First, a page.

Brazil Must Rethink Property Rights to Stop Fire Epidemic in Favelas
By Tim Worstall
We all know the first and most basic lesson of economics: incentives matter. This is surely why, as a new investigation by The Guardian has revealed, fires in the favelas of Sao Paolo are happening where land values are greater.
It’s true, as the authorities would have us believe, that those urban slums are built largely of wood with a treacherously hotchpotch electrical supply running through them – and it’s no surprise they so readily catch fire. But the underlying problem here isn’t one of unregulated building, it’s the absence of – the non-regulation if you like – property rights. That is why there are more fires where the land is of higher value.
Owning in Fact Versus Owning in Law
Hernando de Soto has spent decades pointing out that these slum dwellers have perfectly valid de facto property rights to their shacks. What they don’t have is any de jure rights. This means, as de Soto points out, that they have capital but cannot leverage it.
But if you were to allocate those de jure property rights to those who have them de facto then the poor would have capital and would, through the normal workings of markets, end up being very much richer – Huzzah! Not only that but once their ownership was formalized, they would also gain access to utilities such as sewerage, clean water, and non-life-threatening electricity supply.
A fire, though, is a great way of wiping out those de facto rights and leaving a nice clean development area which those with access to the courts and formal property allocation systems can fight and profit over. Hence why fires are more common in areas of higher land value.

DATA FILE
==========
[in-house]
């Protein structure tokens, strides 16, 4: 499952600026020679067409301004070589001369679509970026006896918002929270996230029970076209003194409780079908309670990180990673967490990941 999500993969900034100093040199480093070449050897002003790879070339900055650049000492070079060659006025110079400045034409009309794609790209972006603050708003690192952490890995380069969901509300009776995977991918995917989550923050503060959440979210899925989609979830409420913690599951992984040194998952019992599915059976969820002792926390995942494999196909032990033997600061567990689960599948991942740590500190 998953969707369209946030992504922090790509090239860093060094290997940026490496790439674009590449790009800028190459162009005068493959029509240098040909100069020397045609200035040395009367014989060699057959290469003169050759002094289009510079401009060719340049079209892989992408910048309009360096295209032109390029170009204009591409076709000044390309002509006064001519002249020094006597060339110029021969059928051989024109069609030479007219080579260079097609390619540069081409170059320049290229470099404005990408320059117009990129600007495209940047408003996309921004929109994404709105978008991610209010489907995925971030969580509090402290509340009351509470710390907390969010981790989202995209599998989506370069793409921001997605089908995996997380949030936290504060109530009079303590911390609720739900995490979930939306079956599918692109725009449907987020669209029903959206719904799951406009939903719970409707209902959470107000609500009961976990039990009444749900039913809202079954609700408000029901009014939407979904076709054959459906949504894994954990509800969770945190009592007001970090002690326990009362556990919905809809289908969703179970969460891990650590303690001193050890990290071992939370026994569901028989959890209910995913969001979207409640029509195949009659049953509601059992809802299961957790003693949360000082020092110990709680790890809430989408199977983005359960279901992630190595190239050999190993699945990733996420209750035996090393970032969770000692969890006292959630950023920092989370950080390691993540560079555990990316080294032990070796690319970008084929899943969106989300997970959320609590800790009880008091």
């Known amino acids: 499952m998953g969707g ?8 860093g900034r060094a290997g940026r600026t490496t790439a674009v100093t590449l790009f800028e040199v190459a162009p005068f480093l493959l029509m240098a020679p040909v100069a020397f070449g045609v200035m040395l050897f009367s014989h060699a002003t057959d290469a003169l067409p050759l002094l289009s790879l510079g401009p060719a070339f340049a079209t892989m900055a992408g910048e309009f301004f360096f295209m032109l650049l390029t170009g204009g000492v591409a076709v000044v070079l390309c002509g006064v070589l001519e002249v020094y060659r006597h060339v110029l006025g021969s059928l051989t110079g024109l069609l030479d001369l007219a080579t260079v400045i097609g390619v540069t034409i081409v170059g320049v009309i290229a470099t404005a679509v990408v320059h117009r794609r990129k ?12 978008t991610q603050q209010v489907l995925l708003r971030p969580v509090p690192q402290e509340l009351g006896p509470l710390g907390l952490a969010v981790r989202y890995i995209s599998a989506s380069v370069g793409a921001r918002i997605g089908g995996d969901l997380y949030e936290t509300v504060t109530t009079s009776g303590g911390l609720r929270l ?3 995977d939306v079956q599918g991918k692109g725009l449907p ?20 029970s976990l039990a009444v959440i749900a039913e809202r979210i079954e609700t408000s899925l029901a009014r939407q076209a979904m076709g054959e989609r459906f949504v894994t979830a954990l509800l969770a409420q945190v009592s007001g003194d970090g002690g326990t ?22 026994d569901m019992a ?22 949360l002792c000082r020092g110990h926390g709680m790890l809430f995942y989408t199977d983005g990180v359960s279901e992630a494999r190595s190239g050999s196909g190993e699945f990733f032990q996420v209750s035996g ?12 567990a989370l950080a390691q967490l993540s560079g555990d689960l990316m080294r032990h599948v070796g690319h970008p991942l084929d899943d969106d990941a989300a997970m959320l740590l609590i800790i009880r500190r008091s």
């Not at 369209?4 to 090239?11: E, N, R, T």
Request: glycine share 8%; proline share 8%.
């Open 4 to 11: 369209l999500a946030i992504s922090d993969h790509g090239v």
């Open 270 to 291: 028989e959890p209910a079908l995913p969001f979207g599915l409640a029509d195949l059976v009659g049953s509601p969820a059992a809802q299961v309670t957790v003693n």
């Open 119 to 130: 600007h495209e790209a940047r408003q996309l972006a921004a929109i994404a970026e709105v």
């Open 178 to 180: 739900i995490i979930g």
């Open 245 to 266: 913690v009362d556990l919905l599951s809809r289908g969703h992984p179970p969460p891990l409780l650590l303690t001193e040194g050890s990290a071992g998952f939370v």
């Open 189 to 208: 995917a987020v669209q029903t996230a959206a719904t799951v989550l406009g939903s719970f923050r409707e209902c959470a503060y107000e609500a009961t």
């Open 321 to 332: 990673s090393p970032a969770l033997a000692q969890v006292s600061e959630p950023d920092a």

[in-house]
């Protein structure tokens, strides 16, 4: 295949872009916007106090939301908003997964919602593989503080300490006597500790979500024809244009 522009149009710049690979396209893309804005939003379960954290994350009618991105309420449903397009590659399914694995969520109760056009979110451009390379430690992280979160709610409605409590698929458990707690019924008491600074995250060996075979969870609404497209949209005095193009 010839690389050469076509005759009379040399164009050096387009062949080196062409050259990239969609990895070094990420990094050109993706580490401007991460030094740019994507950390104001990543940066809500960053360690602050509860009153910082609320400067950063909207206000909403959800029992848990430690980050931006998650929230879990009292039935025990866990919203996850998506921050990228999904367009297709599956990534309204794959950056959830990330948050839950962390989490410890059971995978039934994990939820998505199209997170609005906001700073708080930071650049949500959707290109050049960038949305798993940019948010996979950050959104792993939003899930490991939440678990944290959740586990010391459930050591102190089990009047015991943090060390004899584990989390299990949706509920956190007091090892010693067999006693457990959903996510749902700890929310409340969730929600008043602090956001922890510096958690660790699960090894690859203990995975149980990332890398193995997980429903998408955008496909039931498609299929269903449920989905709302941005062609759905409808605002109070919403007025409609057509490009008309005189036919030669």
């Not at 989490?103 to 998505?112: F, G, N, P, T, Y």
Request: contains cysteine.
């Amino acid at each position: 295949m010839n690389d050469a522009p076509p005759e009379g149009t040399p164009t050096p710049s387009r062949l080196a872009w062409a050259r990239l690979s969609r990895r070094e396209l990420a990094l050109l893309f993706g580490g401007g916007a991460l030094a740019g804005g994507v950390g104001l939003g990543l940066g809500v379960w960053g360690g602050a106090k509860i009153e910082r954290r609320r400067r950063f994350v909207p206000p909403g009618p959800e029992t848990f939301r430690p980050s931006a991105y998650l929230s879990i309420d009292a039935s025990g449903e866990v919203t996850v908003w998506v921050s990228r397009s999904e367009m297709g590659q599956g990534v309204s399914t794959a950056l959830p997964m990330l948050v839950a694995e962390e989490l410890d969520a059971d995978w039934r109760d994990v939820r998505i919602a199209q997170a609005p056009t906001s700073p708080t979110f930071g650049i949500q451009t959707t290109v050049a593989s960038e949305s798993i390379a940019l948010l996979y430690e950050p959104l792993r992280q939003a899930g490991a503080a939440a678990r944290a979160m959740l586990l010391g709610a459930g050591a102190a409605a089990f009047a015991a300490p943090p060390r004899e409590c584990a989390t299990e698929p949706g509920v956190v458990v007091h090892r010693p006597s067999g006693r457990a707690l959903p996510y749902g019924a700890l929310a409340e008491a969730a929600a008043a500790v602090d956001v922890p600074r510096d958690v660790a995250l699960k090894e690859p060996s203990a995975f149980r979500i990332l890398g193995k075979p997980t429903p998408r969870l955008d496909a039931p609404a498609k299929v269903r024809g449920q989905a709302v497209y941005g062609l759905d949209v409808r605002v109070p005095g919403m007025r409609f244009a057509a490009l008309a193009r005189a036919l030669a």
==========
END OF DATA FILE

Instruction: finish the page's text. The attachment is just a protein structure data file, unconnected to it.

There is nothing specifically Brazilian or Latin American to this problem. We’ve seen something similar in Europe, in both Portugal and Greece. Forested land has, to some extent at least, been protected. You may not chop down the trees to build houses. However, the law has said that if something unfortunate like a fire were to take the plants, then there would be a presumption of planning permission on that newly not forest area.
You do not have to have petrol can and matches in hand to see the incentives here. And, remarkably, forest fire incidence in both places fell when the presumption of being able to build in the wake of such an event was abolished. Specifically, it fell in those desirable areas where people might like to build villas and didn’t change out in the boonies where no one wanted to do anything at all.
The change in incentives left us with a naturally occurring level of fires. Humans, you see, do react to incentives. Remove the incentives for fires and there will be fewer fires.
Brazil is far more unequal than any part of Europe. The poor there are a great deal further away from the rich than they are here. But one of the reasons for this is a system which just doesn’t allow nor enable those poor to own in law what they do in fact own. Sort out the allocation of property rights and both they and the society itself will be richer.
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And, of course, fewer shacks will burn down when third parties are no longer be able to profit from their having done so.
All of which is rather the inverse of Anatole France when he said: in its majestic equality, the law forbids rich and poor alike to sleep under bridges, beg in the streets and steal loaves of bread. Quite so. But it is also true that the majestic equality of the law, where it actually exists, protects the property of the poor rather more than it does that of the rich.
Or, as de Soto has been arguing all of these years, proper legal protection of property rights is one of the most pro-poor economic policies we have.
Tim is a Fellow at the Adam Smith Institute in London This article was originally published on FEE.org. Read the original article.